United States Uniformed Services Privilege and Identification Card
A United States Uniformed Services Privilege and Identification Card (also known as U.S. military ID, Geneva Conventions Identification Card, or less commonly abbreviated USPIC) is an identity document issued by the United States Department of Defense to identify a person as a member of the Armed Forces or a member's dependent, such as a child or spouse.
The card is used to control access to military bases, Base exchange (such as AAFES, Navy Exchange, Marine Corps Exchange, Coast Guard Exchange), commissaries and Morale Welfare and Recreation (MWR) facilities. It also serves as proof of eligibility for medical care delivered either directly within the military health system or outside via TRICARE.
The modern identification card is called a Common Access Card (CAC) because it is also a smart card that is used with specialized card readers for automatic building access control systems, communications encryption, and computer access. The Common Access Card is now used by members of Active Duty, Reserves, and the National Guard
The primary types of U.S. military ID cards being issued today are the CAC for active duty and Reserve members, the Department of Defense (DD) Form 2 for retirees, DD Form 1173 for 100% disabled veterans and DD Form 1173-1 for dependents. Until the CAC was phased in starting in late 2003, the DD Form 2 in branch-specific variants served as active duty members' ID. Prior to the October 1993 revision, the DD Form 2 form number was appended with one of five variant codes denoting branch of service (A, AF, N, MC, or CG), and the typewriter-filled blank form variants were overprinted with branch names and logos. Current DD Forms 2 and 1173 are identical for all branches; the DEERS ID workstation prints branch-unique names and logos onto the blank form along with the holder's personal information at the time of issue. Current DD Forms 2 and 1173 variants differ only in the color in which the blank form is printed, indicating the holder's status. DD Forms 2 and 1173 are easily confused as they are similar in appearance and purpose, however they are two distinct forms.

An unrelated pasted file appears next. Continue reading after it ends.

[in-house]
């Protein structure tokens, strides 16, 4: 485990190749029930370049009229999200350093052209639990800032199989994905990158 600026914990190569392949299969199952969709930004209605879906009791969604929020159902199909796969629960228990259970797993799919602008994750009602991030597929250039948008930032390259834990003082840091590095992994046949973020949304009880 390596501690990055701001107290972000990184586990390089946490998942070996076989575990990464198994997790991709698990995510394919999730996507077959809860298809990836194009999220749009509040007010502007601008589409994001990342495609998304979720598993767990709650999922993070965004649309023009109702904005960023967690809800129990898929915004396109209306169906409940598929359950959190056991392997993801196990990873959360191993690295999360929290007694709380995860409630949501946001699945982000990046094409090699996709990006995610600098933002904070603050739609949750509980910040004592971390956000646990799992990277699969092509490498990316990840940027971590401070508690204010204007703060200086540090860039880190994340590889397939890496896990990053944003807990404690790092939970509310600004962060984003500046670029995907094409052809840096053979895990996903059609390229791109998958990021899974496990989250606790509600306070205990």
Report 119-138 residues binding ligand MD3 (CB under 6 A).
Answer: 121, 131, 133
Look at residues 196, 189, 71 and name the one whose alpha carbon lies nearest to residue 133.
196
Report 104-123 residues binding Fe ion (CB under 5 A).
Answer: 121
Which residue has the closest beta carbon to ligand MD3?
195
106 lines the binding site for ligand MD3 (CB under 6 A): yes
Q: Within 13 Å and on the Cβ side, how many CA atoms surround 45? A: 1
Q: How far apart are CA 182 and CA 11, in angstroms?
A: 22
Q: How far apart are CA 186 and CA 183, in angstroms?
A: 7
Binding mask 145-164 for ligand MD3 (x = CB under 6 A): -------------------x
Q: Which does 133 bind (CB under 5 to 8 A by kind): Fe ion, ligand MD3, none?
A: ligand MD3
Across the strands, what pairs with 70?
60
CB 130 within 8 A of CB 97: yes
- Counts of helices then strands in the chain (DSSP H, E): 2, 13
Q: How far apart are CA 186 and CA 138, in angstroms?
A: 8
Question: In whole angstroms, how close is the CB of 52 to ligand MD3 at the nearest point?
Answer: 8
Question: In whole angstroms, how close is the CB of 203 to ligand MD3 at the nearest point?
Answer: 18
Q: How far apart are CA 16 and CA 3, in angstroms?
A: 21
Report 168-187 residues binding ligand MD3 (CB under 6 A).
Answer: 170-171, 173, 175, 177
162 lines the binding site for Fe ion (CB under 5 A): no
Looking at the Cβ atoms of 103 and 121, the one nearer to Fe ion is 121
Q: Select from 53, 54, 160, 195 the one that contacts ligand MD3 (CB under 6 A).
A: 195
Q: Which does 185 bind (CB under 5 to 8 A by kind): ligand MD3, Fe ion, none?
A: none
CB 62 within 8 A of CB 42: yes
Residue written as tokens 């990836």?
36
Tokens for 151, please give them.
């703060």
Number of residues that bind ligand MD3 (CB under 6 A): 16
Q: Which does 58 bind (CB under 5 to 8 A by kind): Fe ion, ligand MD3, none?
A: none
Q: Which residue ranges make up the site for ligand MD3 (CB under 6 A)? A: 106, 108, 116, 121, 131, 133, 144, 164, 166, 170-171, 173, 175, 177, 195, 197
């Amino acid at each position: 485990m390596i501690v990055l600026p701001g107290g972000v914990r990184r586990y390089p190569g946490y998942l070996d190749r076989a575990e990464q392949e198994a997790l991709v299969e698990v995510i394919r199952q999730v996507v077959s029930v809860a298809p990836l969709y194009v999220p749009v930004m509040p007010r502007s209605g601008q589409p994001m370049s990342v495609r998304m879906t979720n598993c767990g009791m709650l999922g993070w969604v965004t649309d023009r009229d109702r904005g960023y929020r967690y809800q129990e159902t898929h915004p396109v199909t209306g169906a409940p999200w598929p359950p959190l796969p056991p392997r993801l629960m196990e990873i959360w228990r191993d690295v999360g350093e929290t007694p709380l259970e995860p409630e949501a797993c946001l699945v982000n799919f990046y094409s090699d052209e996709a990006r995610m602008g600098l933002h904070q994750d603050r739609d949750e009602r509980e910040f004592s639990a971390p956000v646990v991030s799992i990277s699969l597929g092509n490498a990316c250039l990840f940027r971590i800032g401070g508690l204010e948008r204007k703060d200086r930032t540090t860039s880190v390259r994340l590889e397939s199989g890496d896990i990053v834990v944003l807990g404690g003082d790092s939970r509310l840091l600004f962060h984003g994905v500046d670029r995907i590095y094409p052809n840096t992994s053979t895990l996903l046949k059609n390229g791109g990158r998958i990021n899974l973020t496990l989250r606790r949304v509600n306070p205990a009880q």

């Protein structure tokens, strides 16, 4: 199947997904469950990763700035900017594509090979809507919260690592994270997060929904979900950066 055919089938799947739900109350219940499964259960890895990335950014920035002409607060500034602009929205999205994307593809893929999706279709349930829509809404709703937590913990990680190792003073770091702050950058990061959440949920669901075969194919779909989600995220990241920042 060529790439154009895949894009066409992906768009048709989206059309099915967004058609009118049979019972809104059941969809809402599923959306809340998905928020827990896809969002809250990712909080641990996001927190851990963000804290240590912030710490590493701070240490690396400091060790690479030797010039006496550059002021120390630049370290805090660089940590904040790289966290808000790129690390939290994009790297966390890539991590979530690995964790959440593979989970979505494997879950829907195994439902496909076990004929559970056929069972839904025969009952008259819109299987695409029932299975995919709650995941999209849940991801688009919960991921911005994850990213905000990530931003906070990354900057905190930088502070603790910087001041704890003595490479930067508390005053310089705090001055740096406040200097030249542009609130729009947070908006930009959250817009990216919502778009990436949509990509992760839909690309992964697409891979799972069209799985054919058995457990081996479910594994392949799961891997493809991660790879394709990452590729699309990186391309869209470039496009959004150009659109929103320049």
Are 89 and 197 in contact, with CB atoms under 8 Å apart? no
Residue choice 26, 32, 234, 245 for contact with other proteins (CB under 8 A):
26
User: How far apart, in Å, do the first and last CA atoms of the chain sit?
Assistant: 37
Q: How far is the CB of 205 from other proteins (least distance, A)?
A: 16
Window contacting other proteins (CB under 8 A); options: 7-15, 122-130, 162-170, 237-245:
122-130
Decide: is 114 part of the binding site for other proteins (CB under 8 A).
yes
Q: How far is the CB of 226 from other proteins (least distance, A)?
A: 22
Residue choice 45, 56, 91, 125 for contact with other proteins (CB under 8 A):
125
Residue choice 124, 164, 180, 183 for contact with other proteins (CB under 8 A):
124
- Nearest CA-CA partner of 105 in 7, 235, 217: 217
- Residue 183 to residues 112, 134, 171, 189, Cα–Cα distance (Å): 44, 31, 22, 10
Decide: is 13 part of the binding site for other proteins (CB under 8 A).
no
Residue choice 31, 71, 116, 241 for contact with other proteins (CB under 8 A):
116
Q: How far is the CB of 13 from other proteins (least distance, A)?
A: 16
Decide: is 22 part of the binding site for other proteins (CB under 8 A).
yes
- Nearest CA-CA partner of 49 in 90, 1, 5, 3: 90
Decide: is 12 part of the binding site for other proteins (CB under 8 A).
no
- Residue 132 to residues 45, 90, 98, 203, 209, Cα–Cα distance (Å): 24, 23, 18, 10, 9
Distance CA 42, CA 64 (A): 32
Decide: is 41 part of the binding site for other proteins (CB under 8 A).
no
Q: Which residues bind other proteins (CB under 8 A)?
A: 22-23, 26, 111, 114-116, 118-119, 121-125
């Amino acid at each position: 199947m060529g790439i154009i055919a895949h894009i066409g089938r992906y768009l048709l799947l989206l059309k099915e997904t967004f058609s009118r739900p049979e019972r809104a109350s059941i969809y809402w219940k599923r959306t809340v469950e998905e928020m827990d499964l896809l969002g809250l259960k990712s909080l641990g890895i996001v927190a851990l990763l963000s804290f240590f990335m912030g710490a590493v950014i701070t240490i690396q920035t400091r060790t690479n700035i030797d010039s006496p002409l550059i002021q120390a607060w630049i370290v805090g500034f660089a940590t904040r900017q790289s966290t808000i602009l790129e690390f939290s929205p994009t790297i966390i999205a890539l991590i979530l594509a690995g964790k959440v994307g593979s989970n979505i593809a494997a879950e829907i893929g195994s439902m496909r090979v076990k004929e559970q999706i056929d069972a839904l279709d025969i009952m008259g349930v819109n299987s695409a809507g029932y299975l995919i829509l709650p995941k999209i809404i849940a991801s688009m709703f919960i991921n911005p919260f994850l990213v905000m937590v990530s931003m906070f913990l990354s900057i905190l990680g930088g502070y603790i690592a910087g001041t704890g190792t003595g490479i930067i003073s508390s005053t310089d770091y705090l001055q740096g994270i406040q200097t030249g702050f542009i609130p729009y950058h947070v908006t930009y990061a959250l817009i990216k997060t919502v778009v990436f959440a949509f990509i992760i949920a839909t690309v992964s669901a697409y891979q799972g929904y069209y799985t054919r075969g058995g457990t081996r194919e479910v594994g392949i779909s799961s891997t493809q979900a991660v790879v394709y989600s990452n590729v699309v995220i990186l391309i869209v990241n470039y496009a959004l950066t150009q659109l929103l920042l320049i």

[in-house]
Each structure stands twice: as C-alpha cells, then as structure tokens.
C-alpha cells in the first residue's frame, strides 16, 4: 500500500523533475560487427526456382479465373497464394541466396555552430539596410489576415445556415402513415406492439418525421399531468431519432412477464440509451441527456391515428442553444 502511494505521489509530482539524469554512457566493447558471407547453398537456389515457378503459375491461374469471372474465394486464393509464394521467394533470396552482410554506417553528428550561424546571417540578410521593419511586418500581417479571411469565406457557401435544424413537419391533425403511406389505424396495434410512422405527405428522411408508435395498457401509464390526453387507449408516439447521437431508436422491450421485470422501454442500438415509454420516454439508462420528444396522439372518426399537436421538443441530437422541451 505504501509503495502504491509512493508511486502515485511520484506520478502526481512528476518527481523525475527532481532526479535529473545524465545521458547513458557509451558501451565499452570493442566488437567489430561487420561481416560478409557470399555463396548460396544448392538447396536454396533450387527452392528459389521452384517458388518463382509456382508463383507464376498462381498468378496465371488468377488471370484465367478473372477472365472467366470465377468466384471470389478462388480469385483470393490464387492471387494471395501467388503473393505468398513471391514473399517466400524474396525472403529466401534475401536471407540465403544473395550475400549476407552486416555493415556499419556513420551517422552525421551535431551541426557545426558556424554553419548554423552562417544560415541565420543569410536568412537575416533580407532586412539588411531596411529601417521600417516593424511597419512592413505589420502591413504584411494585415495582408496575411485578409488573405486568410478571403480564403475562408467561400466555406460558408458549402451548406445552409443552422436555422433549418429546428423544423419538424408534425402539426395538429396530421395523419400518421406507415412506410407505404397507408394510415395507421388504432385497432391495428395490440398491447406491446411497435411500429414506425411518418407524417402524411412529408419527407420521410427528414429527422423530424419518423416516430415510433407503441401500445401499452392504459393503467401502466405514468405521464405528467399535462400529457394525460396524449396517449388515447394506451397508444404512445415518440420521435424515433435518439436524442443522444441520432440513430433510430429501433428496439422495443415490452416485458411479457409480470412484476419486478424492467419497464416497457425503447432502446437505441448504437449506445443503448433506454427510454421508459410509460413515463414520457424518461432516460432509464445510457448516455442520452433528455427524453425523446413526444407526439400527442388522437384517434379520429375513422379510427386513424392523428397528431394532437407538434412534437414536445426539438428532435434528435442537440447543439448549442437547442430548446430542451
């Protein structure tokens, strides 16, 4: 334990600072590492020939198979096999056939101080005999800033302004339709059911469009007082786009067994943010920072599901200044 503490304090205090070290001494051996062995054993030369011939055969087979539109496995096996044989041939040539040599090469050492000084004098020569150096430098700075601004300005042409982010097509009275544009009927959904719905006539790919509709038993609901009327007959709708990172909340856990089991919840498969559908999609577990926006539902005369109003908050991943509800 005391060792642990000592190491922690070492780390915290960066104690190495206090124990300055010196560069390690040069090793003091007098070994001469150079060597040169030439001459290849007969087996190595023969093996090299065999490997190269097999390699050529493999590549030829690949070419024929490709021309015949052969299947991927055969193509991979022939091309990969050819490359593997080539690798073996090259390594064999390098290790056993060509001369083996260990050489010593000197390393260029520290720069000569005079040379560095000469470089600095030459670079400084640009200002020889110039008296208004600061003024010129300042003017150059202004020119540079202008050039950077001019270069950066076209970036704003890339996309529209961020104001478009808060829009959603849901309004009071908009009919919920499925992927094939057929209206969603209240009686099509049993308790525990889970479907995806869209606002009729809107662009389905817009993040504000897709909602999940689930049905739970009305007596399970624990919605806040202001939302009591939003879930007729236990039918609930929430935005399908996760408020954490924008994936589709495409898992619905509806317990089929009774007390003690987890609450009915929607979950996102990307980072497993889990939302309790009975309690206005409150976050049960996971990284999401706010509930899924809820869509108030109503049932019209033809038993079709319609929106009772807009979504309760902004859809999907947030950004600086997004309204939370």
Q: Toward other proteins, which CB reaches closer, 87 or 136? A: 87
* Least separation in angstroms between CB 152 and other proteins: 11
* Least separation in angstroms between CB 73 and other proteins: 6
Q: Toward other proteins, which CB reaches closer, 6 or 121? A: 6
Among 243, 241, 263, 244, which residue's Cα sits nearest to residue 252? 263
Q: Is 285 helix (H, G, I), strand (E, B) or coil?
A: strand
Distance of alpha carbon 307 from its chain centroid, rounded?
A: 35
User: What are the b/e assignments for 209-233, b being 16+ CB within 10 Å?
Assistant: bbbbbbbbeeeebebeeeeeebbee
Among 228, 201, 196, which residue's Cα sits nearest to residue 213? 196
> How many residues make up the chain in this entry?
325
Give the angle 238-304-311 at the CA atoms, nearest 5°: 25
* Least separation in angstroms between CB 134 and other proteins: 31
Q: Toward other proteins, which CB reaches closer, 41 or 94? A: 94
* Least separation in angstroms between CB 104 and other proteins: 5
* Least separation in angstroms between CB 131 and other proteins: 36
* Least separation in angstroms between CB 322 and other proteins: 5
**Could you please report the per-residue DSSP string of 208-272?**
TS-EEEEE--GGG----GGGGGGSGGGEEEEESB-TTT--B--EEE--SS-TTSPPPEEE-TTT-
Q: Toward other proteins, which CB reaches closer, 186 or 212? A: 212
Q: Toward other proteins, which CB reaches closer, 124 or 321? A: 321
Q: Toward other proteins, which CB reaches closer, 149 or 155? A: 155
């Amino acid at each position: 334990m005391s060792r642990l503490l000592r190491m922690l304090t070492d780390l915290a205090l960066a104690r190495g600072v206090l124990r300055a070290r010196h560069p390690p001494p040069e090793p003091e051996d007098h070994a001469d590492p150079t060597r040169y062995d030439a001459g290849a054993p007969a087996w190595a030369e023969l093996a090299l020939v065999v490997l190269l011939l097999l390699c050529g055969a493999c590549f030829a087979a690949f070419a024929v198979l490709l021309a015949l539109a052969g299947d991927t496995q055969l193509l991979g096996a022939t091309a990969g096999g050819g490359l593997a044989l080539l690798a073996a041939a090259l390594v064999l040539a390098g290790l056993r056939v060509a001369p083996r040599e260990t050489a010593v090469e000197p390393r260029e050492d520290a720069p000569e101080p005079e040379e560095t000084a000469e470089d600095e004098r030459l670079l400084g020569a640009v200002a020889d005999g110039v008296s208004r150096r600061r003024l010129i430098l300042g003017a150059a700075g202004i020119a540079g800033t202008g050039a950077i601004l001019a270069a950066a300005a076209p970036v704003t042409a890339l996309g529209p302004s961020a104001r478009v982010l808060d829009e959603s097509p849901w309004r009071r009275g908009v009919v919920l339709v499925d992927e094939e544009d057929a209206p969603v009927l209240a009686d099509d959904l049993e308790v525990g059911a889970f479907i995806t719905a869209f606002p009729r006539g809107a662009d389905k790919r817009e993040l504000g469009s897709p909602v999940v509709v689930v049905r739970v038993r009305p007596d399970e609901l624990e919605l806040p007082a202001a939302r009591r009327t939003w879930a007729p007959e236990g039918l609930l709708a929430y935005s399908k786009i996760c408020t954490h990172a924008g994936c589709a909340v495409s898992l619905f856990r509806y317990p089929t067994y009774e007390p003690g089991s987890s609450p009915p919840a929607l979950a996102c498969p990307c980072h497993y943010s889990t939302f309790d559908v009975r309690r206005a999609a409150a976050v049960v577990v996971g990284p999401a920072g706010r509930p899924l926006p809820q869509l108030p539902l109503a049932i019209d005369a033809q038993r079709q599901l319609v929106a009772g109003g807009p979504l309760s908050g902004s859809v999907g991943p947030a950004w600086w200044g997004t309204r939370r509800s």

The DD Form 2 and 1173 ID cards are color-coded to denote the status of the holder. Possible colors are:
- Blue - Retired members of the U.S. Armed Forces.
- Tan - Dependents of active duty and retired members. 100% VA Disabled Veterans and their Dependents.
- Red - Retired Reservist not yet age 60 (Gray Area) and Dependent of Reserve Components.
- Green - Member of the active military (No longer used - Replaced by CAC card)